criticised them for the reliance on non-standard parts. After having it
    amply demonstrated that this was not the case, I proceeded to build one.

    Jon
     
  5. Jon Senior

    Jon Senior Guest

    Peter Clinch wrote:
    > Have a look at the movie on the Lightning site of Tim Brummer cruising
    > past the field going up a hill during a race on an R84. It depends on
    > the bike overall, not the seating position.


    One of my christmas presents was "Bicycle Design" by Mike Burrows. It
    contains an interesting table comparing times up a hill on various
    different bikes (2 x Giant IIRC and a ratcatcher). The range of times is
    not very high and while the difference might be noticeable in a race,
    the high scoring Giant in question was a top-end compact frame road bike.

    Despite being "slower" up hills, I still found that I passed almost all
    of the cyclists that I normally pass on an upright while commuting and
    after a while I could hold an average rolling speed of only 1-2mph less
    than I manage on the fixer uphill.

    Jon
     
  6. David Martin

    David Martin Guest

    On 7/1/05 8:29 am, in article [email protected], "Jon
    Senior" <jon_AT_restlesslemon_DOT_co_DOT_uk> wrote:

    > I don't think that recumbents are the be-all and end-all of cycling, but
    > I do know that a lot of the perceived problems turn out to be more
    > manageable than expected. In one of my (much) earlier posts to this NG I
    > criticised them for the reliance on non-standard parts. After having it
    > amply demonstrated that this was not the case, I proceeded to build one.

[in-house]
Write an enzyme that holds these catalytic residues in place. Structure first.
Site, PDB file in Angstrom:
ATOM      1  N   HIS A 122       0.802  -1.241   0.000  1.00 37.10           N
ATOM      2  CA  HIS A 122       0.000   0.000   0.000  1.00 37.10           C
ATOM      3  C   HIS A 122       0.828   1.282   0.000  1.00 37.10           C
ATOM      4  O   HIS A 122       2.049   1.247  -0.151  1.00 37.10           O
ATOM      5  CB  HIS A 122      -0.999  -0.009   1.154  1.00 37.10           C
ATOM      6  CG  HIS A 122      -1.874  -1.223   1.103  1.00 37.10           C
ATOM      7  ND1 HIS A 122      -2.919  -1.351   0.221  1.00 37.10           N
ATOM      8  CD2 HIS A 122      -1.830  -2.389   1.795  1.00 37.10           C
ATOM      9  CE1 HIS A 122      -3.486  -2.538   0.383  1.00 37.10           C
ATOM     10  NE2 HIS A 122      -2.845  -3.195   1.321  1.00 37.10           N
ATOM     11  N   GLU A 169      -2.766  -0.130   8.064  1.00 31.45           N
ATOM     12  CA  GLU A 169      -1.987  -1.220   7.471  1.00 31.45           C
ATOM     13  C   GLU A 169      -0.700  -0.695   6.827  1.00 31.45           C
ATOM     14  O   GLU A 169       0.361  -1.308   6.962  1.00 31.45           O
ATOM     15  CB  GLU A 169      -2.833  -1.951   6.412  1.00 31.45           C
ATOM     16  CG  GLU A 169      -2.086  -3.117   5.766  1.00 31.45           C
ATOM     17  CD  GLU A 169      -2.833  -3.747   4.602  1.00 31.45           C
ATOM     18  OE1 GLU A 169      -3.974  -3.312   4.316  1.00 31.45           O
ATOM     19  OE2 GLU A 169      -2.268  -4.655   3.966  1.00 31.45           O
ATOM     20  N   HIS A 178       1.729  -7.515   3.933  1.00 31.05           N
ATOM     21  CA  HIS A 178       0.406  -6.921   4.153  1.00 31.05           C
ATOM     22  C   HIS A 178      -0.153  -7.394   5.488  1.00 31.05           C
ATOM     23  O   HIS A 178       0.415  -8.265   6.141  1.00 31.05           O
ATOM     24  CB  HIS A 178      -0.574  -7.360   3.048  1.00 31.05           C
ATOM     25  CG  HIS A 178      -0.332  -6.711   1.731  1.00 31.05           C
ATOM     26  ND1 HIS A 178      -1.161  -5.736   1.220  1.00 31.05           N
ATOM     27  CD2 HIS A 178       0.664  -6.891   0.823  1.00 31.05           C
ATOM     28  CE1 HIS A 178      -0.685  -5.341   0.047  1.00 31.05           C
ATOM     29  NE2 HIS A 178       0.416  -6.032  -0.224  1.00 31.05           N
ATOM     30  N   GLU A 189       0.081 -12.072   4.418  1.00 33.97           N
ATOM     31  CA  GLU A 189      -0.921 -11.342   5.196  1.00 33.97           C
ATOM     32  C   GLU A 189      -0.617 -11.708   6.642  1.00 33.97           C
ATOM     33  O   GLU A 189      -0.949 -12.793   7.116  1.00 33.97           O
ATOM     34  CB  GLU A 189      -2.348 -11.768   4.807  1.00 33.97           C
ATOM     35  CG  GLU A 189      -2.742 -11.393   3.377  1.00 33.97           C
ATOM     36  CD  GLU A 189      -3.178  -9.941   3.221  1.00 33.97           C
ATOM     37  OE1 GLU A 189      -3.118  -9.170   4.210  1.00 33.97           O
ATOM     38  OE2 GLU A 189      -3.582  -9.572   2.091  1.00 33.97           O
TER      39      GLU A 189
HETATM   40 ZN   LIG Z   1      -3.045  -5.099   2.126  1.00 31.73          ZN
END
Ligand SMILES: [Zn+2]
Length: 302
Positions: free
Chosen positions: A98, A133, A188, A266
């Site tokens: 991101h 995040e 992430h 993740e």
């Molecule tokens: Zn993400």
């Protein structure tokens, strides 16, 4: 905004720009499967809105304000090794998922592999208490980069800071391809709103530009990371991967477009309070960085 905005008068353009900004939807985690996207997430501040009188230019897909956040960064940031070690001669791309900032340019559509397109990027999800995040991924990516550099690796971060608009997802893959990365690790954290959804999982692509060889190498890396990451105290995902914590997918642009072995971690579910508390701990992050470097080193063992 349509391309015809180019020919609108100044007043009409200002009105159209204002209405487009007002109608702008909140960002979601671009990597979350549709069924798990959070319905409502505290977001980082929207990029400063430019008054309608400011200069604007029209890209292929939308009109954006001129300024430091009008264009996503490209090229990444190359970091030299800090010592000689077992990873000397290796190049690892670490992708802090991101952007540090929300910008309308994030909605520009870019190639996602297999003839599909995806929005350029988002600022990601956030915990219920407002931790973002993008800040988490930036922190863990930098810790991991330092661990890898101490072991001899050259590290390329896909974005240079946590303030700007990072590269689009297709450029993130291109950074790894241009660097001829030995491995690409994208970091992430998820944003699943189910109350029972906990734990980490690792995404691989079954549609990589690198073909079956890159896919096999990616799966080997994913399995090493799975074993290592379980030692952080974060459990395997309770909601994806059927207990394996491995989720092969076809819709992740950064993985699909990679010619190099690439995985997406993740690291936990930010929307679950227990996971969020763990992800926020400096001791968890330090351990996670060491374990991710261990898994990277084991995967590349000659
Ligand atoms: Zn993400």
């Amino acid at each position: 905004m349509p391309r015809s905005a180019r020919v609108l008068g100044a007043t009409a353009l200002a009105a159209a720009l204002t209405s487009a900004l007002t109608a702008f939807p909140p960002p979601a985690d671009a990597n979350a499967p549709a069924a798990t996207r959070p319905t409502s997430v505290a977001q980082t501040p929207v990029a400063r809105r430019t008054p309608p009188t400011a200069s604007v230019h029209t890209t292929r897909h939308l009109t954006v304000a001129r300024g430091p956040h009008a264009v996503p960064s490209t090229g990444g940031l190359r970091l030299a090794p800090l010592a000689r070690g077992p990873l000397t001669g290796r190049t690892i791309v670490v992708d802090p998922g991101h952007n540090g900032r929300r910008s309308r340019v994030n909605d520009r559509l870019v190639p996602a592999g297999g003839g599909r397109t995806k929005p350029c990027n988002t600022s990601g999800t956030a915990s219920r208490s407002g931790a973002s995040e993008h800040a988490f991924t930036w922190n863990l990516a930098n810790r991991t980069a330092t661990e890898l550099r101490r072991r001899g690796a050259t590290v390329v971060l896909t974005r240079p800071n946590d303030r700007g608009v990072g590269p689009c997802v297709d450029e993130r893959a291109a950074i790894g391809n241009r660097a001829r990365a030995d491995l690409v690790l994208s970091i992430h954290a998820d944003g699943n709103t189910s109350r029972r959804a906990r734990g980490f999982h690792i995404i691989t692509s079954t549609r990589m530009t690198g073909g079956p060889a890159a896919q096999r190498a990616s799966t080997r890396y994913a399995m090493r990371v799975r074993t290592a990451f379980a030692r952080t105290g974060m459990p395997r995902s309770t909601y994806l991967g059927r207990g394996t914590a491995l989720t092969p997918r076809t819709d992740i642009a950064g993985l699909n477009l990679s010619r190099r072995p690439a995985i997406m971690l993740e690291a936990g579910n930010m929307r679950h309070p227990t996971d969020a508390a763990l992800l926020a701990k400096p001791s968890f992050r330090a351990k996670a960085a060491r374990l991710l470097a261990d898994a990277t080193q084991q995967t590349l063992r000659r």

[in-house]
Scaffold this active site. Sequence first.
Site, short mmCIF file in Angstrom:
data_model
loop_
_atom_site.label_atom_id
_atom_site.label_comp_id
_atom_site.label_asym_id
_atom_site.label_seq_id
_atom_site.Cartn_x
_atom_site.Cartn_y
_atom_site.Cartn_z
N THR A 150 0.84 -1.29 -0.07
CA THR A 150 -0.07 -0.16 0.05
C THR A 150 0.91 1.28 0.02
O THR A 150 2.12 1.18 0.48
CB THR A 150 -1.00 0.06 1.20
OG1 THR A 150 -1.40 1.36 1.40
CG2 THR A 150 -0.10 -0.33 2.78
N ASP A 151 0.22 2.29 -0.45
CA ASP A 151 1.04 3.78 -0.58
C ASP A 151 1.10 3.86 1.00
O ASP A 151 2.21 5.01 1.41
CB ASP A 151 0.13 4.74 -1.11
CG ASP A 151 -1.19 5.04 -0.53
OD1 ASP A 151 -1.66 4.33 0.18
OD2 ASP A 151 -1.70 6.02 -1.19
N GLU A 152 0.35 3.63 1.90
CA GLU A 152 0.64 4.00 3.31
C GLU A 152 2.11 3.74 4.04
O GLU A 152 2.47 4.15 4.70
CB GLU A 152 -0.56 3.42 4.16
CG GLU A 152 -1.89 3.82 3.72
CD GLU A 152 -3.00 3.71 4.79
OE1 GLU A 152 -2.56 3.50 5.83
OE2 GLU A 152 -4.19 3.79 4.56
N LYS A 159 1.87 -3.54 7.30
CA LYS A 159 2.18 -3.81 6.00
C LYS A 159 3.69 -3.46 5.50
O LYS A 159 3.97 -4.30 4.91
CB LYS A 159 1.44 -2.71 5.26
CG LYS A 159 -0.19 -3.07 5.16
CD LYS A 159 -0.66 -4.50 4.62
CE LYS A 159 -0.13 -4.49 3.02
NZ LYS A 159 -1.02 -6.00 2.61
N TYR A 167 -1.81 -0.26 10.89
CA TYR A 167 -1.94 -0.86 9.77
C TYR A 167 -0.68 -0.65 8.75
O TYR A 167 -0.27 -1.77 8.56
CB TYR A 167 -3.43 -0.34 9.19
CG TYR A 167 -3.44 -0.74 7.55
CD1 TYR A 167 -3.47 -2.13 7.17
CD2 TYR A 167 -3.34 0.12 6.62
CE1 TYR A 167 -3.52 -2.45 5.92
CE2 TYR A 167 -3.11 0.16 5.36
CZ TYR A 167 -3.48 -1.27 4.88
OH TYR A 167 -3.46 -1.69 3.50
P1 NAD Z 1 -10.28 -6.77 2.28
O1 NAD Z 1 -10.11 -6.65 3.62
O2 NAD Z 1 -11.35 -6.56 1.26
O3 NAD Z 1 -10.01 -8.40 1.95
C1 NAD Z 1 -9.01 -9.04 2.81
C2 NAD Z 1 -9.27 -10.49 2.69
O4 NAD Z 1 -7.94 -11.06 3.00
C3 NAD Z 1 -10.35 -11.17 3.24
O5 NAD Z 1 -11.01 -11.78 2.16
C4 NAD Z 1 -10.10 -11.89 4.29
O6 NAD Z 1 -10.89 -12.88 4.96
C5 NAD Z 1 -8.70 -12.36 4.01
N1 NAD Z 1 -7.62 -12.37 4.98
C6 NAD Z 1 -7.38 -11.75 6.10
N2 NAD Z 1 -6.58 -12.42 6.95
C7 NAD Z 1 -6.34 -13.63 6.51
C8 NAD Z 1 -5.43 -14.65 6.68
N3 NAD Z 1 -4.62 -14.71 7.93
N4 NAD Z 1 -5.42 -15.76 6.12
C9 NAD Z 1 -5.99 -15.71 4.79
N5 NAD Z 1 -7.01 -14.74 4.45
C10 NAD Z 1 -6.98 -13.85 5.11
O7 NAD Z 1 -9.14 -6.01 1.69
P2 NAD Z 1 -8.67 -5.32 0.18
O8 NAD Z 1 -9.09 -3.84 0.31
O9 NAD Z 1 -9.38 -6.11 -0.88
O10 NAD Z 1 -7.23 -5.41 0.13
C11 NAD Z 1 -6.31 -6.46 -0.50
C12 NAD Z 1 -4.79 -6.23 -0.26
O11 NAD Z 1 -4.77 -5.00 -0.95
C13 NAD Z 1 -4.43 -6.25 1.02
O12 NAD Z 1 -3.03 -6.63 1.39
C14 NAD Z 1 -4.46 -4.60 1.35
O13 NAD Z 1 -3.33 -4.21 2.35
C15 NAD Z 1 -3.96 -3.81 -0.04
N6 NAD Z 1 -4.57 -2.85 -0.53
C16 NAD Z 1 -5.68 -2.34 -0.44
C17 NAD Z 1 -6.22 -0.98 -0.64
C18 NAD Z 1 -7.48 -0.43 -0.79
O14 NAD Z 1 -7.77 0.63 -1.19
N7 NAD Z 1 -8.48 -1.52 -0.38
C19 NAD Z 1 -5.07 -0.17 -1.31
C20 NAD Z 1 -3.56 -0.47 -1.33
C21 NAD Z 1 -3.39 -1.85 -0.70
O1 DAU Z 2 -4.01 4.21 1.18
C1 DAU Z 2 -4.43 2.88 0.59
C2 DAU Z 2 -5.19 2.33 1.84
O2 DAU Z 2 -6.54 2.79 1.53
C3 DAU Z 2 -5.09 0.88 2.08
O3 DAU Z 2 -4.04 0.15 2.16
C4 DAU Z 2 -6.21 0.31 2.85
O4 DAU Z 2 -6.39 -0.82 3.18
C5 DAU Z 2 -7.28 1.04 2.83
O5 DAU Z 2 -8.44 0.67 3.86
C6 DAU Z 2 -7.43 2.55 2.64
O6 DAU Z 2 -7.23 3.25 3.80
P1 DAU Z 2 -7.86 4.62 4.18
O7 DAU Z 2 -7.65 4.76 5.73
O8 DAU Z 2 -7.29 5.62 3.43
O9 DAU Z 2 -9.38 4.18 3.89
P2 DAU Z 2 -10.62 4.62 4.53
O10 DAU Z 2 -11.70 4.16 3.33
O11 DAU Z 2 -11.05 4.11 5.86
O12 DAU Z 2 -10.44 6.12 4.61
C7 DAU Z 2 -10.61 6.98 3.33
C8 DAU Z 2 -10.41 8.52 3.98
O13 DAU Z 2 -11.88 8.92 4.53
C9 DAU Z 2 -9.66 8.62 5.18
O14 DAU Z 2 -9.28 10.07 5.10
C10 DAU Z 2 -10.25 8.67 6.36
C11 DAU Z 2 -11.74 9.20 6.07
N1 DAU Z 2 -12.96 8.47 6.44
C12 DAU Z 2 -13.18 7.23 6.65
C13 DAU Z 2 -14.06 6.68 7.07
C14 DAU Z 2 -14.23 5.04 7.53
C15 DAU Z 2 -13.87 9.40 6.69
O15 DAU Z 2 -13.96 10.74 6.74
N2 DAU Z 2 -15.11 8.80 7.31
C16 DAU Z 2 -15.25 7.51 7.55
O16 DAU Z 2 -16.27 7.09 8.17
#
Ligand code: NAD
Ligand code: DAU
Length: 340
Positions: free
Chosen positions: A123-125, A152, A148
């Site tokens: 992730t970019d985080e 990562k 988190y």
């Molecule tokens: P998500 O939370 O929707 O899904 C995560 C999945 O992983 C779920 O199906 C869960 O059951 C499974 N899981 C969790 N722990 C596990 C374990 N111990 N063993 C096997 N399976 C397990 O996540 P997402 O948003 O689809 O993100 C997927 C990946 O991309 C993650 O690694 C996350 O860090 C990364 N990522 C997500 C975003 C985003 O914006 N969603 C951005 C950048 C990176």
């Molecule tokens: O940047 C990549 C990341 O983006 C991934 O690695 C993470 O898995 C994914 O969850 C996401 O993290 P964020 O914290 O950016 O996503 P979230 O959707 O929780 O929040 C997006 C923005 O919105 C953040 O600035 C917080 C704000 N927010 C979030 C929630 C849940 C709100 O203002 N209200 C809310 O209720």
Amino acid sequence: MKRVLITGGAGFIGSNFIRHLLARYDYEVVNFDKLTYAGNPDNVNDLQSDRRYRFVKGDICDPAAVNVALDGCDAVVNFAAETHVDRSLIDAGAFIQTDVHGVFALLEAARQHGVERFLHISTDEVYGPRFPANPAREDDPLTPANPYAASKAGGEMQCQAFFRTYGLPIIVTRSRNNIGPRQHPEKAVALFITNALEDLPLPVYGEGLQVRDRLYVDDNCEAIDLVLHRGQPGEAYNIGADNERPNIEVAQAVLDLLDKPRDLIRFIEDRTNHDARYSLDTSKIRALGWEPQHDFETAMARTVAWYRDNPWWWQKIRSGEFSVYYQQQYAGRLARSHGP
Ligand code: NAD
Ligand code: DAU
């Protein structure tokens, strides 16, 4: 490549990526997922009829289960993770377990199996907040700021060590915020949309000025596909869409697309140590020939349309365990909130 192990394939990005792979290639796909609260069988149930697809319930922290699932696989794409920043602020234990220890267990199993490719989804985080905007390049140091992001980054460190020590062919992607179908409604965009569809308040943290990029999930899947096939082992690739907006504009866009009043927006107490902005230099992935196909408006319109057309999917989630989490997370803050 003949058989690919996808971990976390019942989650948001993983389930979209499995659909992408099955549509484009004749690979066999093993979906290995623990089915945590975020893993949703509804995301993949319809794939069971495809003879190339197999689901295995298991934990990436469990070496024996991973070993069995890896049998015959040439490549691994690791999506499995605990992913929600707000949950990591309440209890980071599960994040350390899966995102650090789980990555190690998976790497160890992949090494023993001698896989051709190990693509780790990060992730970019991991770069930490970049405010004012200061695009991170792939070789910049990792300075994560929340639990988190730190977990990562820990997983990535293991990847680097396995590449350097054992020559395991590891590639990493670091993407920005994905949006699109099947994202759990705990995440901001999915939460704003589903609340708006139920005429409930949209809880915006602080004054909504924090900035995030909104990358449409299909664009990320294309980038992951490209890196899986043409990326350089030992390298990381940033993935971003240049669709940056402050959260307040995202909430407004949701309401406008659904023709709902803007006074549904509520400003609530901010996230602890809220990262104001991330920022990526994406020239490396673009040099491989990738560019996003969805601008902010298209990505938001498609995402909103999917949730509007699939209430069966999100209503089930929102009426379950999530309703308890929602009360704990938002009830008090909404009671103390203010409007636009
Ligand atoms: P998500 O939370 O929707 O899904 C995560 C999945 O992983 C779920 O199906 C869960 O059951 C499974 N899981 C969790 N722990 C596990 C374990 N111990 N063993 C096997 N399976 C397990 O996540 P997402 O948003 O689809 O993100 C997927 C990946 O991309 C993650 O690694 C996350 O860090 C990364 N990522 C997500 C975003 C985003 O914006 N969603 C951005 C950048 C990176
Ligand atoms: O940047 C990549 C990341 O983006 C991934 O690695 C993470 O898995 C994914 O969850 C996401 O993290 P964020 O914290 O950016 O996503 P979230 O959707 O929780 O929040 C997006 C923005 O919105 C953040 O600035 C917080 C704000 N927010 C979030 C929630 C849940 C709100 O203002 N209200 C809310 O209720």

The main disadvantage that I find with 'bents is that, unlike a wedgie, you
    cannot ride a bike set up for someone significantly taller than yourself.

    In this case 'significant' could be as little as one inch more on the inside
    leg. The only one I could ride in Edinburgh was the.Mark's windcheetah
    (which was fun, even if the steering is an acquired taste).

    ...d
     
  7. Ian Smith

    Ian Smith Guest

    On Thu, 06 Jan 2005 13:28:06 +0000, Tony Raven <[email protected]> wrote:
    >
    > The main problem is that you cannot decouple your body weight from the
    > bike on a recumbent. Weight transfer is an important part of
    > rough/moving/slippery surfaces and being able to move your body weight
    > back, forwards or to the side important to good progress. I know how I
    > would get an upwrong road bike up an 8" kerb without problems but I'm
    > not sure about a recumbent


    I'd struggle to get up an 8" step on the trice, I agree, but you do
    have teh ability to shift body weight. Indeed, on fast, loose
    surfaces I do quite a lot of it - sit upright/forwards and you get a
    useful amount of body weight shifting. In this circumstance chucking
    your body weight around is probably at least as useful as steering,
    since the slick high-pressure tyres aren't at their most grippy on
    gravel. It's particularly enjoyable taking corners sideways, for some
    reason.

    > - pushing. If you do need to get off and walk many bents are impossibly
    > low for pushing, especially if you need to operate the steering, without
    > risking your back.


    So pull it. The trice is beautifully docile if you stand beside the
    pannier rack, reach down, grasp rack and straighten up. It follows
    you about nicely, and no straining on teh back. If you had a pannier
    attached you can sit it in teh seat while doing this.

    regards, Ian SMith
    --
    |\ /| no .sig
    |o o|
    |/ \|
     
  8. dkahn400

    dkahn400 Guest

    Jon Senior wrote:

    > I am toying with the idea of a separable bent
    > but it's not even at the drawing board stage.

    Is this otherwise known as weld failure?

    --
    Dave...
     
  9. Peter Clinch

    Peter Clinch Guest

    David Martin wrote:

    > The main disadvantage that I find with 'bents is that, unlike a wedgie, you